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Foremost Milk Forced to Downsize

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Mike

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A good example of past rulings promoting competition:

Between 1932 and 1944, Foremost Dairies doubled the communities served and increased sales 10-fold. The company's major growth started in 1945 with the acquisition of Southwest Dairy Products Co. "It's better than good, it's Foremost" became a household slogan. During World War 11, the U.S. military sparked Foremost's international growth and the creamery opened additional plants nationwide. Foremost Dairies became known as "the longest milk route in the world." Foremost Dairies was the third largest dairy company in the world by 195 1. With the 1954 acquisition of Golden State Co. the largest dairy business in California - Foremost had operations in 23 states across the South and North as well as in Japan, the Philippines, Guam and Hawaii. Foremost established its headquarters in San Francisco, and it still lived by the golden rule established by JC Penney. Wherever it set up a facility, the organization wanted to teach local people how to operate it and then share in its success. The business continued to grow. In 1956, it made the key acquisition of Western Condensing Co. In Appleton, Wis., that would eventually lead the Foremost name to Upper Midwest dairy producers.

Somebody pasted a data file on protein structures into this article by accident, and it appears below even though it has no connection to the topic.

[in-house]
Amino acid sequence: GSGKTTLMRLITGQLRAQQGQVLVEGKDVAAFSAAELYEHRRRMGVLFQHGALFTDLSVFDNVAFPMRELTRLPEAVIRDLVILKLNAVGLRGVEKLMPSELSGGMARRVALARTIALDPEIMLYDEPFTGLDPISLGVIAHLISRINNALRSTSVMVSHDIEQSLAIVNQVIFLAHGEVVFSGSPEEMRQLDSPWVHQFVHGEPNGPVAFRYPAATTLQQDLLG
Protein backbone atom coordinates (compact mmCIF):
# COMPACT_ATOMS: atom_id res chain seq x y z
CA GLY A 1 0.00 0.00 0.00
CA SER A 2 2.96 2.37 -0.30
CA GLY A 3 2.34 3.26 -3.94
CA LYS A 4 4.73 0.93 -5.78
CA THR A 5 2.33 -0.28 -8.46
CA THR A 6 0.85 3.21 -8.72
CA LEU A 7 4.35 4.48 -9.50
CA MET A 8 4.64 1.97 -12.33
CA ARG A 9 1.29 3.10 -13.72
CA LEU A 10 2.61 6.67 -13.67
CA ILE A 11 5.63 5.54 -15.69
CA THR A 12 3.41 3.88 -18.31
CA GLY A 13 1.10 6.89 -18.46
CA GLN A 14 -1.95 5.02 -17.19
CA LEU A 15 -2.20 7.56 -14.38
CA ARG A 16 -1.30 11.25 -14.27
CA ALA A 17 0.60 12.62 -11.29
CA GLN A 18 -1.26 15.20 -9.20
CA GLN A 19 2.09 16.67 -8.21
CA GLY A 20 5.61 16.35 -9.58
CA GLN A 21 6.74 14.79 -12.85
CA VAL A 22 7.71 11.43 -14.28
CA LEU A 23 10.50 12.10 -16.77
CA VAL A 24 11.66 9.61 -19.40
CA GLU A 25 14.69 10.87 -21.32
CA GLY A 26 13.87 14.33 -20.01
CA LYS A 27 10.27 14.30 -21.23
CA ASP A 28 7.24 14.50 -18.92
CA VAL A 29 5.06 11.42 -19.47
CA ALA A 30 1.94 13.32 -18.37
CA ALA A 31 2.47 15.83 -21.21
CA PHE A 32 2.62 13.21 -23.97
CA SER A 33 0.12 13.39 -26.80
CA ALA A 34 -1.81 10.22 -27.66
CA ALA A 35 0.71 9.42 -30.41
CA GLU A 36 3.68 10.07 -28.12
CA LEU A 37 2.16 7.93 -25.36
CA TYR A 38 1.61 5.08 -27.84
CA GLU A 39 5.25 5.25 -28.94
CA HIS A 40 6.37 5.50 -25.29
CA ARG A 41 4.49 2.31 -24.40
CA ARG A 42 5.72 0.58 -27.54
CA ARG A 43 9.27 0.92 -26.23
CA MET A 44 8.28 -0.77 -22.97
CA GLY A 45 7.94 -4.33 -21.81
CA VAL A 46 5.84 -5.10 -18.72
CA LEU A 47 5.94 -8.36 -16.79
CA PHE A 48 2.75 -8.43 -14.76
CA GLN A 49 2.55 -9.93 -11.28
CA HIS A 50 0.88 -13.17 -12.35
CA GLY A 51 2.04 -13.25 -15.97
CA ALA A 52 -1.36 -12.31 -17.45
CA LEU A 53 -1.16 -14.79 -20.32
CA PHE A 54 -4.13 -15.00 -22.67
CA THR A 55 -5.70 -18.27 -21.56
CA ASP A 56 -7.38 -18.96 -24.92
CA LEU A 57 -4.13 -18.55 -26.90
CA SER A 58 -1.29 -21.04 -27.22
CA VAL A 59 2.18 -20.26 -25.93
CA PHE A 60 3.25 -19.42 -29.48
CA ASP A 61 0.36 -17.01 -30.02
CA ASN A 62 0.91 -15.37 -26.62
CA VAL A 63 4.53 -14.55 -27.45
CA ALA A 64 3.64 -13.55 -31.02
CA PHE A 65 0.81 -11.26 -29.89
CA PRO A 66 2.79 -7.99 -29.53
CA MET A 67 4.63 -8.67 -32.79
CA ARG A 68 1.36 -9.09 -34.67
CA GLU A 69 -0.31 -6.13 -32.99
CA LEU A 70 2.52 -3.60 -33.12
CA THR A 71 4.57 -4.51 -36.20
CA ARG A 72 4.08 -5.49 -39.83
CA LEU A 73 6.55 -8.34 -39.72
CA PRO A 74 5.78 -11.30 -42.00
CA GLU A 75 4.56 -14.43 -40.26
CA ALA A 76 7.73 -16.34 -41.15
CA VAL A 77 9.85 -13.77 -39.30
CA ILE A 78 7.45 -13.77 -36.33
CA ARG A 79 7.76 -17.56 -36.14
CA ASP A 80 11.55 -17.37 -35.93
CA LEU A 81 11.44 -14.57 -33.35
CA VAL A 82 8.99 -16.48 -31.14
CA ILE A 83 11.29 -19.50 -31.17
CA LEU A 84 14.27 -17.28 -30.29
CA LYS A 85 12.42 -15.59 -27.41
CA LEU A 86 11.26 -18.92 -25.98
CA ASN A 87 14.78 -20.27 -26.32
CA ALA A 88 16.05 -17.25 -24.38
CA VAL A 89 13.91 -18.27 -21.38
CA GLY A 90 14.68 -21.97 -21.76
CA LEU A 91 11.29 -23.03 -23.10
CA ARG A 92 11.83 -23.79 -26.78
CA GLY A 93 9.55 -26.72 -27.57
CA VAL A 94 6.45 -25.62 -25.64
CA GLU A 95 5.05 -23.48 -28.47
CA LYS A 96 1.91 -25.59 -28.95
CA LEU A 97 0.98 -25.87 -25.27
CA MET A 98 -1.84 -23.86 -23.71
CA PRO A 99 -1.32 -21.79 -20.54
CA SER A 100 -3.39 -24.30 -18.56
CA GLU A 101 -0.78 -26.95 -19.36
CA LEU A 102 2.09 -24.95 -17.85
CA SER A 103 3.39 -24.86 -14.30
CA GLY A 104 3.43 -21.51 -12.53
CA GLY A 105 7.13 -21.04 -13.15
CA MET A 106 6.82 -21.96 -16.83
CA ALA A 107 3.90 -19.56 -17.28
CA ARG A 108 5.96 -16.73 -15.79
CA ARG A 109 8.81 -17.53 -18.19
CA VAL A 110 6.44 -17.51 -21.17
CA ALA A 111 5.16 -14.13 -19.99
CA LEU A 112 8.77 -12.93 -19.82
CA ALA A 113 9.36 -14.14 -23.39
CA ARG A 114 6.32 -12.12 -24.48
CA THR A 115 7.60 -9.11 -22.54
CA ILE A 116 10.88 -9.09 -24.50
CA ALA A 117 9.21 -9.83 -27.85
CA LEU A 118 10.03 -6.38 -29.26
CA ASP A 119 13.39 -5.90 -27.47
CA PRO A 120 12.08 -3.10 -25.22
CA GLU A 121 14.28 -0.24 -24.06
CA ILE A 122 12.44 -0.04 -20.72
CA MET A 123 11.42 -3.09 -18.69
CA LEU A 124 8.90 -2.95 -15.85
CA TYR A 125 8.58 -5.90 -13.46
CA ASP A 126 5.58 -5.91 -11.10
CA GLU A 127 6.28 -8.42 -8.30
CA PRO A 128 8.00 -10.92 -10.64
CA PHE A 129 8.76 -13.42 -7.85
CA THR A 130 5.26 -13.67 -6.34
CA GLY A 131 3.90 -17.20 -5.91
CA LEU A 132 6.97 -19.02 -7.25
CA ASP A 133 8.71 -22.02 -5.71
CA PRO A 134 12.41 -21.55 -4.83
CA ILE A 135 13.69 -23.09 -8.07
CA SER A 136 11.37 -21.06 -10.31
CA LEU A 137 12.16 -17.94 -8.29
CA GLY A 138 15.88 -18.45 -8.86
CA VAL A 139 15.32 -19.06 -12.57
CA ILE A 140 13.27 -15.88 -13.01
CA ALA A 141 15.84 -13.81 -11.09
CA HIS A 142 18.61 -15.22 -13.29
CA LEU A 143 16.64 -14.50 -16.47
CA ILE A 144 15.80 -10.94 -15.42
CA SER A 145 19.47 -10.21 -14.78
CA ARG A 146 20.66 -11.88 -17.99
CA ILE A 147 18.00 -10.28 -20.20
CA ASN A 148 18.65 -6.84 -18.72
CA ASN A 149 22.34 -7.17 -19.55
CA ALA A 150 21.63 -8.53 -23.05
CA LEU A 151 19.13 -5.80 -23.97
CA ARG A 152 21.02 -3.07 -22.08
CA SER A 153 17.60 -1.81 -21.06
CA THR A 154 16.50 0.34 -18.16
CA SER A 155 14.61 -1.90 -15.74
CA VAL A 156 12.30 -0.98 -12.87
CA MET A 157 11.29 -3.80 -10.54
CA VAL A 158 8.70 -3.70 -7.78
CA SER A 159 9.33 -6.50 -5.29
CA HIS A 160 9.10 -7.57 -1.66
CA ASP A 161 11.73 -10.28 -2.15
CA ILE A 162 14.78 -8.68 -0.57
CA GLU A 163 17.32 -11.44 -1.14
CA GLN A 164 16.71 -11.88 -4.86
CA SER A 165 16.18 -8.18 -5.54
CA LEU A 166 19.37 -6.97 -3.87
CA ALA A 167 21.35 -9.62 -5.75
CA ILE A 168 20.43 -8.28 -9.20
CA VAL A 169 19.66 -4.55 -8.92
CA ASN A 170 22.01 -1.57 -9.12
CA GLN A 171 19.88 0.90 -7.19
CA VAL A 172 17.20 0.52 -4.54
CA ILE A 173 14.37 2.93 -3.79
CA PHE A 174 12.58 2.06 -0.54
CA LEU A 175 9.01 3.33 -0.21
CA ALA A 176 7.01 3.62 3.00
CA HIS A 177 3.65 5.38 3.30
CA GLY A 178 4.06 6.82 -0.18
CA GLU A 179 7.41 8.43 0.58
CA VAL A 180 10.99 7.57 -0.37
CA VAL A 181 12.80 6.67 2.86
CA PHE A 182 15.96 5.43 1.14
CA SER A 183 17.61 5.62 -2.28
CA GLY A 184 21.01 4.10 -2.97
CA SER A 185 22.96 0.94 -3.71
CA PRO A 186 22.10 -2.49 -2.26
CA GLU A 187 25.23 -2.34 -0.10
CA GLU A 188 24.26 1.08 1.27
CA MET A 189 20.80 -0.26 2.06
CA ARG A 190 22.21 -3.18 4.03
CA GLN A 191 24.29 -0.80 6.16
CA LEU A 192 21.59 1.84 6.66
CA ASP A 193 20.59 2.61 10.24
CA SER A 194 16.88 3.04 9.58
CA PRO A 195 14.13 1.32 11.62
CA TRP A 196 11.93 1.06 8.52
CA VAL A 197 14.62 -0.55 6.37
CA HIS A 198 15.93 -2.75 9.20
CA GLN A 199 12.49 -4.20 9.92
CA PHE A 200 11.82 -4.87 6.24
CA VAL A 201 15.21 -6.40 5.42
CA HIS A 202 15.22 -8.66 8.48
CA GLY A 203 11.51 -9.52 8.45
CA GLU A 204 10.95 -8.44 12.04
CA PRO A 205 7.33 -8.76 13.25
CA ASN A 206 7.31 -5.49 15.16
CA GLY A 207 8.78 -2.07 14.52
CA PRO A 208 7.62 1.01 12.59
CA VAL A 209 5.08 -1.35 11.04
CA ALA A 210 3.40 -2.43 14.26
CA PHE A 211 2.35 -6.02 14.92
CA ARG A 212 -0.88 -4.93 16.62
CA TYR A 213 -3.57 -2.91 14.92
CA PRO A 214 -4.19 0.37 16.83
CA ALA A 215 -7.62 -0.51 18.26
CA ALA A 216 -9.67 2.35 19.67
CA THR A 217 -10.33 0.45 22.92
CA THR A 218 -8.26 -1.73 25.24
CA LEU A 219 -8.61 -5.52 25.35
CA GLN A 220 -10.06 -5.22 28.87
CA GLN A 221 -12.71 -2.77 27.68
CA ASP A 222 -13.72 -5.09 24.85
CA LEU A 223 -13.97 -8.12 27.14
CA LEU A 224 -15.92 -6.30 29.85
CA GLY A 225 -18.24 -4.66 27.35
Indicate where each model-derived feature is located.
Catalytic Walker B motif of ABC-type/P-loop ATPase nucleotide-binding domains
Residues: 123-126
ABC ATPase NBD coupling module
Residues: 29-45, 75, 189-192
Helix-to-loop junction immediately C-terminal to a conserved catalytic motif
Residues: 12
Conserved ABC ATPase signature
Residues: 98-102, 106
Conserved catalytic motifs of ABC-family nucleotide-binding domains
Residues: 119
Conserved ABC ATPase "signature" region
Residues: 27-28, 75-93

But troubled times hit in 1962, when the Federal Trade Commission said that Foremost's "dominant presence" could affect competition. The company was ordered to release ownership of its 10 most recent acquisitions. Foremost also sold all of its milk and ice cream plants east of the Mississippi River.[/b]
 

Mike

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Sandhusker said:
Do you know what percentage of the national market they had, Mike?

No, I do not. I was just a kid :wink: when the transition took place and remember that "Sealtest" milk had a larger marketshare than "Foremost" did beforehand when the dust settled. Sealtest was forced to downsize also after a few years.

It used to be common for companies to be curtailed when marketshare reached certain levels. This country has gone through several phases of this. It's just a component of "Capitalism" and greed.

Teddy Roosevelt's escapades especially come to mind. Before my time though. :lol:
 

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